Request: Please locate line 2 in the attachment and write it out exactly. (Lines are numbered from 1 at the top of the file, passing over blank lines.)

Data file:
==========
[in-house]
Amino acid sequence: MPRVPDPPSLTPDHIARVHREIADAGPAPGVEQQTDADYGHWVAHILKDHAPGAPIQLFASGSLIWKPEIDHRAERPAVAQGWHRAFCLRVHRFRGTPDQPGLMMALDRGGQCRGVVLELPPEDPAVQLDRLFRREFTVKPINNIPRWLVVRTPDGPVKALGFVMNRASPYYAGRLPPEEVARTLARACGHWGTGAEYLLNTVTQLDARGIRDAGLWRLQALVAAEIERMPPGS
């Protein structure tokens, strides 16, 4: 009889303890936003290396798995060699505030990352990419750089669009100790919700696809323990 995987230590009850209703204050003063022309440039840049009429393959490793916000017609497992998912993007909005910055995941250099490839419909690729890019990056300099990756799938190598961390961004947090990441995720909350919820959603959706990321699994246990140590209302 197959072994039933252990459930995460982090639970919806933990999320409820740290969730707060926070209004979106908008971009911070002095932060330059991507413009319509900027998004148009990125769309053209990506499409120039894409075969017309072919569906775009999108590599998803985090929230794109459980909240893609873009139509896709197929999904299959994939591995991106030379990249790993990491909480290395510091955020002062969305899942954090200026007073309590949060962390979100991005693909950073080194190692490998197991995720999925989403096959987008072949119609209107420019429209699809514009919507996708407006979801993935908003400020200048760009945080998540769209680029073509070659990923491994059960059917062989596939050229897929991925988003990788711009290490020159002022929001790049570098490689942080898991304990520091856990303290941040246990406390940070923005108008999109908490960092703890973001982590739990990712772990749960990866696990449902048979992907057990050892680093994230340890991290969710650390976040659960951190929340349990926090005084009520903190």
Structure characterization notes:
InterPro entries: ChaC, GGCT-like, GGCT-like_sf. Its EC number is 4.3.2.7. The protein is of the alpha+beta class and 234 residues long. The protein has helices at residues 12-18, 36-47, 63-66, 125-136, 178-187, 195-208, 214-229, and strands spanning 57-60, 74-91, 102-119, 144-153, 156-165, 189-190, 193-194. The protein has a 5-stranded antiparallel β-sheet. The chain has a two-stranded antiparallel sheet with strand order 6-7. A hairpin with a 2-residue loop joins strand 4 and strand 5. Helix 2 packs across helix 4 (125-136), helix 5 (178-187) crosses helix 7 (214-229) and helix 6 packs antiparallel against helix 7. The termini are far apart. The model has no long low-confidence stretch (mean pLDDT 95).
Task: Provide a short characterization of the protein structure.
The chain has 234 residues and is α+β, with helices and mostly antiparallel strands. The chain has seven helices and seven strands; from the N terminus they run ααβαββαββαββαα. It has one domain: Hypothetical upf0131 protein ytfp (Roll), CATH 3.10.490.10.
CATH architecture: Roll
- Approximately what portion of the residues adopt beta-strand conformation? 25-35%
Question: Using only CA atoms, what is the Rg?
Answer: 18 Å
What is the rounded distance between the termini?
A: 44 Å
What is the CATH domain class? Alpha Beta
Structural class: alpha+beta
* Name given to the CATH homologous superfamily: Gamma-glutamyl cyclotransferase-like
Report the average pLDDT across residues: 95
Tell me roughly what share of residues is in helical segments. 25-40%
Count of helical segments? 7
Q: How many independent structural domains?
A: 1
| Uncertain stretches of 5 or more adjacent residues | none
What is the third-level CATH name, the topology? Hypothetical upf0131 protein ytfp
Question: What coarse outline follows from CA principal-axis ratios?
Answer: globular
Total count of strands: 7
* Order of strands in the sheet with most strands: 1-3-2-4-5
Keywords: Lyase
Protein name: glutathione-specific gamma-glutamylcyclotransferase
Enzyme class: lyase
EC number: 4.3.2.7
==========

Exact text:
Amino acid sequence: MPRVPDPPSLTPDHIARVHREIADAGPAPGVEQQTDADYGHWVAHILKDHAPGAPIQLFASGSLIWKPEIDHRAERPAVAQGWHRAFCLRVHRFRGTPDQPGLMMALDRGGQCRGVVLELPPEDPAVQLDRLFRREFTVKPINNIPRWLVVRTPDGPVKALGFVMNRASPYYAGRLPPEEVARTLARACGHWGTGAEYLLNTVTQLDARGIRDAGLWRLQALVAAEIERMPPGS